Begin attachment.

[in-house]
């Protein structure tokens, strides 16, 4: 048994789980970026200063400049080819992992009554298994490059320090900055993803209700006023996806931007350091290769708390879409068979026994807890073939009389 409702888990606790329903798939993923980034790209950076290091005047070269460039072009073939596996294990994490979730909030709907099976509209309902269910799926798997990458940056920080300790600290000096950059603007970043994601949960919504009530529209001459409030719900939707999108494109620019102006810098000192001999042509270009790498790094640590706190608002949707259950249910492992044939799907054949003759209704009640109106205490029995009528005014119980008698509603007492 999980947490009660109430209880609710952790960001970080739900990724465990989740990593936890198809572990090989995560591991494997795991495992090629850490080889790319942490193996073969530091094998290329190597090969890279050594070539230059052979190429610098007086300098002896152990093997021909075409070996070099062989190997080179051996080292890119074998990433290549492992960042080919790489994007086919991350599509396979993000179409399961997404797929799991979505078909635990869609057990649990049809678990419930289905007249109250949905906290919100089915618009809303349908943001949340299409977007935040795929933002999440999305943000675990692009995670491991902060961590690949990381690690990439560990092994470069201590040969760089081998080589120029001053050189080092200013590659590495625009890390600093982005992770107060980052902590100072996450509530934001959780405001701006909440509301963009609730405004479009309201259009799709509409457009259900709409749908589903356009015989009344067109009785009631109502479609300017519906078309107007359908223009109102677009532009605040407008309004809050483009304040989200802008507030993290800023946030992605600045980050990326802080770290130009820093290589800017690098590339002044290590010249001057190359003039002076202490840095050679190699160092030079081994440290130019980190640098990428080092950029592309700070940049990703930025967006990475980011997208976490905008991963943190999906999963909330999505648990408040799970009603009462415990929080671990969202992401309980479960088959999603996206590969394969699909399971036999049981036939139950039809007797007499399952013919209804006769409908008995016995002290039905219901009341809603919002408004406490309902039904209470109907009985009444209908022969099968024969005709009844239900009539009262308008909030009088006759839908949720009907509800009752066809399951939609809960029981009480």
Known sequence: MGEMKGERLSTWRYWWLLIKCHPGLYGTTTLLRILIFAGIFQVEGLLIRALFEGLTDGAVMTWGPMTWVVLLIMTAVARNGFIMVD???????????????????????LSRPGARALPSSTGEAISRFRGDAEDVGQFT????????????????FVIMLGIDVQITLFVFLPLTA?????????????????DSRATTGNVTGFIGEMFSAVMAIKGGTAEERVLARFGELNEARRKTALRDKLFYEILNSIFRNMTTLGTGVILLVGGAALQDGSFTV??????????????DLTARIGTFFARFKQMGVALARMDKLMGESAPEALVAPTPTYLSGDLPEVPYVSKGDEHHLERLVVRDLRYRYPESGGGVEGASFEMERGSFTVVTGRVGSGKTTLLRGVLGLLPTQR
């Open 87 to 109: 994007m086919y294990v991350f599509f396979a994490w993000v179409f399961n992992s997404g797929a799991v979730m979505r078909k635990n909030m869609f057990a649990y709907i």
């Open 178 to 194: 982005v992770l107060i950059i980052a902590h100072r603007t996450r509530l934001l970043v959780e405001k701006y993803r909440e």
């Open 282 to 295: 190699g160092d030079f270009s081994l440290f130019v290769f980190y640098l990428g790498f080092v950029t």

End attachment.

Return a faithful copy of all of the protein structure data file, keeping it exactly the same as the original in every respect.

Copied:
[in-house]
């Protein structure tokens, strides 16, 4: 048994789980970026200063400049080819992992009554298994490059320090900055993803209700006023996806931007350091290769708390879409068979026994807890073939009389 409702888990606790329903798939993923980034790209950076290091005047070269460039072009073939596996294990994490979730909030709907099976509209309902269910799926798997990458940056920080300790600290000096950059603007970043994601949960919504009530529209001459409030719900939707999108494109620019102006810098000192001999042509270009790498790094640590706190608002949707259950249910492992044939799907054949003759209704009640109106205490029995009528005014119980008698509603007492 999980947490009660109430209880609710952790960001970080739900990724465990989740990593936890198809572990090989995560591991494997795991495992090629850490080889790319942490193996073969530091094998290329190597090969890279050594070539230059052979190429610098007086300098002896152990093997021909075409070996070099062989190997080179051996080292890119074998990433290549492992960042080919790489994007086919991350599509396979993000179409399961997404797929799991979505078909635990869609057990649990049809678990419930289905007249109250949905906290919100089915618009809303349908943001949340299409977007935040795929933002999440999305943000675990692009995670491991902060961590690949990381690690990439560990092994470069201590040969760089081998080589120029001053050189080092200013590659590495625009890390600093982005992770107060980052902590100072996450509530934001959780405001701006909440509301963009609730405004479009309201259009799709509409457009259900709409749908589903356009015989009344067109009785009631109502479609300017519906078309107007359908223009109102677009532009605040407008309004809050483009304040989200802008507030993290800023946030992605600045980050990326802080770290130009820093290589800017690098590339002044290590010249001057190359003039002076202490840095050679190699160092030079081994440290130019980190640098990428080092950029592309700070940049990703930025967006990475980011997208976490905008991963943190999906999963909330999505648990408040799970009603009462415990929080671990969202992401309980479960088959999603996206590969394969699909399971036999049981036939139950039809007797007499399952013919209804006769409908008995016995002290039905219901009341809603919002408004406490309902039904209470109907009985009444209908022969099968024969005709009844239900009539009262308008909030009088006759839908949720009907509800009752066809399951939609809960029981009480």
Known sequence: MGEMKGERLSTWRYWWLLIKCHPGLYGTTTLLRILIFAGIFQVEGLLIRALFEGLTDGAVMTWGPMTWVVLLIMTAVARNGFIMVD???????????????????????LSRPGARALPSSTGEAISRFRGDAEDVGQFT????????????????FVIMLGIDVQITLFVFLPLTA?????????????????DSRATTGNVTGFIGEMFSAVMAIKGGTAEERVLARFGELNEARRKTALRDKLFYEILNSIFRNMTTLGTGVILLVGGAALQDGSFTV??????????????DLTARIGTFFARFKQMGVALARMDKLMGESAPEALVAPTPTYLSGDLPEVPYVSKGDEHHLERLVVRDLRYRYPESGGGVEGASFEMERGSFTVVTGRVGSGKTTLLRGVLGLLPTQR
């Open 87 to 109: 994007m086919y294990v991350f599509f396979a994490w993000v179409f399961n992992s997404g797929a799991v979730m979505r078909k635990n909030m869609f057990a649990y709907i």
């Open 178 to 194: 982005v992770l107060i950059i980052a902590h100072r603007t996450r509530l934001l970043v959780e405001k701006y993803r909440e």
């Open 282 to 295: 190699g160092d030079f270009s081994l440290f130019v290769f980190y640098l990428g790498f080092v950029t």